From research and prototyping to commercial development, AI/ML requires making decisions and trade-off's. This is where the PM needs to provide loads of context to the R&D team: what are the customer problem(s) are that we are trying to solve? What parameters and trade-off's would be acceptable to a customer? Have we considered the cost trade-offs of operating in practice?
From a data scientist's point of view, whether a model is sufficient to support the business case might be a higher bar than whether the model is a good model. Clear business strategy and customer context upfront can help guide the direction to take the development (kill the research and start fresh, re-focus it, etc.)
Test environment vs. Real-world environment
Skimping on QA strategy, test environments and real-world testing are classic software development pitfalls. With AI/ML programs, again this problem is amplified. The biggest challenges in commercial success lie in the substantial delta between the test environment and test data, and the highly variable nature of the field. Pitfalls include:
Careful modelling of the different data sources and their attributes - features, availability, timing, anticipated errors and drift - can lay the foundation for the right QA strategy what to test, where to test, and how to judge success.
Give the team the big picture
In AI/ML programs, once production starts, research usually continues in parallel. Managing both as one cohesive team is a new challenge for traditional program managers.
From a process perspective, sometimes the method of communicating the requirements from research to production is by simply giving them the researcher’s Jupyter notebook, or a set of Python or R scripts. If the prod team redevelops and optimizes the code for production while the research team continues from their base notebook, you have the problem of versioning the code and identifying changes.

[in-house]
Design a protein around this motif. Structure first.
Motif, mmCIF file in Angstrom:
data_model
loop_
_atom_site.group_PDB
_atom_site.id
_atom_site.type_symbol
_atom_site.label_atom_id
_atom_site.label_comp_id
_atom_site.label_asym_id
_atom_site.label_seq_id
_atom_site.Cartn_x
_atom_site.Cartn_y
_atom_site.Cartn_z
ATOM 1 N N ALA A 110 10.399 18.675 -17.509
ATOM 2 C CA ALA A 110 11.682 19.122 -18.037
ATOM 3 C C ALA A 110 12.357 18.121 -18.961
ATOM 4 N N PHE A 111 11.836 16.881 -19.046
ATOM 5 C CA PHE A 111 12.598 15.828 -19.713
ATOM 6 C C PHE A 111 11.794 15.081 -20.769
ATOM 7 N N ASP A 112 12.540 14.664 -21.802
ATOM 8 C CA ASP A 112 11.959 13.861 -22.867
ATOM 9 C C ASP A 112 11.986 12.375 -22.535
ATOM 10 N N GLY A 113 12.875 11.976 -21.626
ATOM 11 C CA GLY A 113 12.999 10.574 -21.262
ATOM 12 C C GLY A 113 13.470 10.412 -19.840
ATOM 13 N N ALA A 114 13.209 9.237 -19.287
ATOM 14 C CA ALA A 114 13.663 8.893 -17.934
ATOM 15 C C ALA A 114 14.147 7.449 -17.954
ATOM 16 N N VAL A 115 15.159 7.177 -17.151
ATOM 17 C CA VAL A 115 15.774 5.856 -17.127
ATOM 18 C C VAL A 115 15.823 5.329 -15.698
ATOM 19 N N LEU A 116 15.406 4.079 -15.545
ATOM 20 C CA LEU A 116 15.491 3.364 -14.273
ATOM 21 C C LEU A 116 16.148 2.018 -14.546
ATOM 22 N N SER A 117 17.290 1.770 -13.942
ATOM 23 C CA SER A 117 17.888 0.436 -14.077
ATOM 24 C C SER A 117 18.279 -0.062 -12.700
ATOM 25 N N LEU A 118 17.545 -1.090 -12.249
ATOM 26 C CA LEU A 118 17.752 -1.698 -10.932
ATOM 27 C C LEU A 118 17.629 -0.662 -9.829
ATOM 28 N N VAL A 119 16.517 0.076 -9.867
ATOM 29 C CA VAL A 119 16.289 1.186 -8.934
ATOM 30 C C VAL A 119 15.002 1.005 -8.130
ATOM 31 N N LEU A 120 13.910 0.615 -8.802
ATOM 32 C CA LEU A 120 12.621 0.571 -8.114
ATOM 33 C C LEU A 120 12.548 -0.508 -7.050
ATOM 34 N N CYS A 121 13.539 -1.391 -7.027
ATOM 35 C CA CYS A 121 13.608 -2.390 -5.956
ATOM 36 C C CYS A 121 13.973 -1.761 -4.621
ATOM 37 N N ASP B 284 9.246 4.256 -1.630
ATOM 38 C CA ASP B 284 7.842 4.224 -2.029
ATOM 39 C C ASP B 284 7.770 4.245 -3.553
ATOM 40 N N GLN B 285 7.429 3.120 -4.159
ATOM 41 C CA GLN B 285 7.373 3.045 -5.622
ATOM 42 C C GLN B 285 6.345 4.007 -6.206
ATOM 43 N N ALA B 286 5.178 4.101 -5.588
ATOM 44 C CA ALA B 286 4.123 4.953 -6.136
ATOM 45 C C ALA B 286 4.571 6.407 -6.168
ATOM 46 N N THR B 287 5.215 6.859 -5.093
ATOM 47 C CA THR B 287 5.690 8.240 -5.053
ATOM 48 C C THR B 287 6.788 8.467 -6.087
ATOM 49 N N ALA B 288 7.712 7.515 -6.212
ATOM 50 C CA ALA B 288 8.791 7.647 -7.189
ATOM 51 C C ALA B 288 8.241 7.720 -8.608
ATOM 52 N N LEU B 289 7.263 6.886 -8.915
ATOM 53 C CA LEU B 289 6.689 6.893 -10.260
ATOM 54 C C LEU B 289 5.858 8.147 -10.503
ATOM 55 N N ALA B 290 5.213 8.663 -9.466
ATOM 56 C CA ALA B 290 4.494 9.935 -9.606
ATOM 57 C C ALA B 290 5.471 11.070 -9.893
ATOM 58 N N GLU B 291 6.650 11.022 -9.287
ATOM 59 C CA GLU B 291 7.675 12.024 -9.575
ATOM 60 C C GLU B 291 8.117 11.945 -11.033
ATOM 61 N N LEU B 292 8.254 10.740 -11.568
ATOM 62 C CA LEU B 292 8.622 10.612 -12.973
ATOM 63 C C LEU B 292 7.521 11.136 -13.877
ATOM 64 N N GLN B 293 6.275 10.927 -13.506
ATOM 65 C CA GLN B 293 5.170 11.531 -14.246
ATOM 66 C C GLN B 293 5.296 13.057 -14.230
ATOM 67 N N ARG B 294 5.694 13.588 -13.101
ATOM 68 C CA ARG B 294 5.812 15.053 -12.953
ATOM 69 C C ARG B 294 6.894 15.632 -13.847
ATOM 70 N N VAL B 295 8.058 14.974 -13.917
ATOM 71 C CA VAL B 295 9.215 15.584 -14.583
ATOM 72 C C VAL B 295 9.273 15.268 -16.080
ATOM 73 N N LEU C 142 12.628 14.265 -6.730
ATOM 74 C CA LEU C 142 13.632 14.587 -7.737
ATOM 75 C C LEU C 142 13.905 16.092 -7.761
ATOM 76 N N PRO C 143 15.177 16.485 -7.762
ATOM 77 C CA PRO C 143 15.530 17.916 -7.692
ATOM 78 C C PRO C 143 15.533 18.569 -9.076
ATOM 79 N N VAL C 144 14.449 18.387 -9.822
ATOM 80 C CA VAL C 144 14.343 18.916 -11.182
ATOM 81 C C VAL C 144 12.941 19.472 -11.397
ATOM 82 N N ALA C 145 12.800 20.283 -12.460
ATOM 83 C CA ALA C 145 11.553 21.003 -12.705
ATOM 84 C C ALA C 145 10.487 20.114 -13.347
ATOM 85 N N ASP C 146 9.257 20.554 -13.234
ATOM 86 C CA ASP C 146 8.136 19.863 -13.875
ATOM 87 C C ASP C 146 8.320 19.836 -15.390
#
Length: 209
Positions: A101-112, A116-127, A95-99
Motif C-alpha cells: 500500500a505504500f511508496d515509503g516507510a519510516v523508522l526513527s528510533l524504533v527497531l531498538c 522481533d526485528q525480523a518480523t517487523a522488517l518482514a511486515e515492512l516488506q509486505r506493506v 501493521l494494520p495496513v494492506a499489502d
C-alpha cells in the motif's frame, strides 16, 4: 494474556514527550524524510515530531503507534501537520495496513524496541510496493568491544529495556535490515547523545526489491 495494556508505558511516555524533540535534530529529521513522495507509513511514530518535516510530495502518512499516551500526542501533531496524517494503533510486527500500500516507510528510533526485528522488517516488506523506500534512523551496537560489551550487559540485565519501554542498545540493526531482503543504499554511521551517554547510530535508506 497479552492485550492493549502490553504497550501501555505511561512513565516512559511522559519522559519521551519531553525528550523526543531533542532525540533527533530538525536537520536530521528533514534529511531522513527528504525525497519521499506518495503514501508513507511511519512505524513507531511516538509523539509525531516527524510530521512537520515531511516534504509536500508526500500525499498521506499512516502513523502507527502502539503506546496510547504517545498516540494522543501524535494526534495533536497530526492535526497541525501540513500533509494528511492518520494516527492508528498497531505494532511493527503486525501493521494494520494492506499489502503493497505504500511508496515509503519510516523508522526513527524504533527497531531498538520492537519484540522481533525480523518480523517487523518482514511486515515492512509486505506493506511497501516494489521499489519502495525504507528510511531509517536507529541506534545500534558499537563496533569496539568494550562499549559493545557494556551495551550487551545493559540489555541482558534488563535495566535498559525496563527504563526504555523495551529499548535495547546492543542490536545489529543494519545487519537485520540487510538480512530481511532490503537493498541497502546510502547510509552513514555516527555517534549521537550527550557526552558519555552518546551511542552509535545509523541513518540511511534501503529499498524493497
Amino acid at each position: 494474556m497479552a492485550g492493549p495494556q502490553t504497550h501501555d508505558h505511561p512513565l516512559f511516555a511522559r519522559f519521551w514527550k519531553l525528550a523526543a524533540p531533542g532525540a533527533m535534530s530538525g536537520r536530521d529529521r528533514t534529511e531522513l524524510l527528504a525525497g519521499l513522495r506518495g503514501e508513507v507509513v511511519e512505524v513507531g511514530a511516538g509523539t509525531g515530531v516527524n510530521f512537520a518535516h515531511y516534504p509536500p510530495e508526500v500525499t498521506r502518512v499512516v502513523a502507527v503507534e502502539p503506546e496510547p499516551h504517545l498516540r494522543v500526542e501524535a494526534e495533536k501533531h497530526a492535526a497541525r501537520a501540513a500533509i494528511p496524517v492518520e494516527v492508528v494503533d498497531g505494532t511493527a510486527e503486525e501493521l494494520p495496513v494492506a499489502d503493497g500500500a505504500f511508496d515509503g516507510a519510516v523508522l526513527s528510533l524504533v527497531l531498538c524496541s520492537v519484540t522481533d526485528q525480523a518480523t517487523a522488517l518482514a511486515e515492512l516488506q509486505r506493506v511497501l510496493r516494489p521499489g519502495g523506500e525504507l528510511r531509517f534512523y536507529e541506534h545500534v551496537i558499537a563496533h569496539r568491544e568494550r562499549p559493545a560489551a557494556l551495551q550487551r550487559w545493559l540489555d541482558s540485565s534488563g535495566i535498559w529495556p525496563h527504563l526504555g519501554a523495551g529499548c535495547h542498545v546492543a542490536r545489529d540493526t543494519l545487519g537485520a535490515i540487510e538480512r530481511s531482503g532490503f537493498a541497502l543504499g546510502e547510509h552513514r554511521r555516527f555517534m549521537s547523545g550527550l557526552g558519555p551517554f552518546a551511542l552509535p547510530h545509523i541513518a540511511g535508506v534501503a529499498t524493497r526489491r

From a human perspective, it can be easy to assume that because the individual team members are often highly educated and experienced, especially data scientists who may have a PhD. Nevertheless these are still just people, and people see the world through their own lens until the manager gives them the big picture.
To ensure a well-oiled research and production machine:
Back in the 1970s and 80s, software development was a sort of "black magic", where both benefits and risks could take you by surprise, forcing management to plan carefully. We have since made leaps and bounds in the maturity and predictability of our software engineering practices, to the point that we take for granted that anything can be engineered given enough time and budget. In a sense, AI takes us back to those early days where anything was possible, but nothing was to be taken for granted. The risks are high, but in a way. that's a good thing - it should increase the maturity of our management processes and responsibility.
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